Presenter: Alice Fogel
As part of New Hampshire Humanities' Perspectives Book Groups, we're reading The Humans by Matt Haig. The bestselling, award-winning author of The Midnight Library offers his funniest, most devastating dark comedy yet, a “silly, sad, suspenseful, and soulful” (Philadelphia Inquirer) novel that’s “full of heart” (Entertainment Weekly).When an extraterrestrial visitor arrives on Earth, his first impressions of the human species are less than positive. Taking the form of Professor Andrew Martin, a prominent mathematician at Cambridge University, the visitor is eager to complete the gruesome task assigned him and hurry home to his own utopian planet, where everyone is omniscient and immortal.He is disgusted by the way humans look, what they eat, their capacity for murder and war, and is equally baffled by the concepts of love and family. But as time goes on, he starts to realize there may be more to this strange species than he had thought. Disguised as Martin, he drinks wine, reads poetry, develops an ear for rock music, and a taste for peanut butter. Slowly, unexpectedly, he forges bonds with Martin’s family. He begins to see hope and beauty in the humans’ imperfection, and begins to question the very mission that brought him there.Praised by The New York Times as a “novelist of great seriousness and talent,” author Matt Haig delivers an unlikely story about human nature and the joy found in the messiness of life on Earth. The Humans is a funny, compulsively readable tale that playfully and movingly explores the ultimate subject—ourselves.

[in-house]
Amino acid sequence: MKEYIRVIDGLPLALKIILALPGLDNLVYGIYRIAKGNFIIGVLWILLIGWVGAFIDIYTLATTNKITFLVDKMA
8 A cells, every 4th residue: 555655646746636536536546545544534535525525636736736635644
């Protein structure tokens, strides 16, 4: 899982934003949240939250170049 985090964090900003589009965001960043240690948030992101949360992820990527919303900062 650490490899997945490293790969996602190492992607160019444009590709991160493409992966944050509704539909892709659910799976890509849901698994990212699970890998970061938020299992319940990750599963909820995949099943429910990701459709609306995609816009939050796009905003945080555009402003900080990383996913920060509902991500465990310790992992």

PRE-REGISTRATION IS REQUIRED TO RECEIVE THE BOOK PRIOR TO DISCUSSION.
THIS IS A HYBRID BOOK DISCUSSION WITH IN PERSON AND VIRTUAL ATTENDANCE OPTIONS.
Wednesday, December 13, 2023 6:30pm
Virtual8 Lancaster RoadWhitefield NH 03598
Whitefield Public Library
Whitefield Public Library, firstname.lastname@example.org
New Hampshire Humanities programs are made possible in part by a grant from the National Endowment for the Humanities (NEH). Any views, findings, conclusions or recommendations expressed in this these programs do not necessarily represent those of the NEH or New Hampshire Humanities.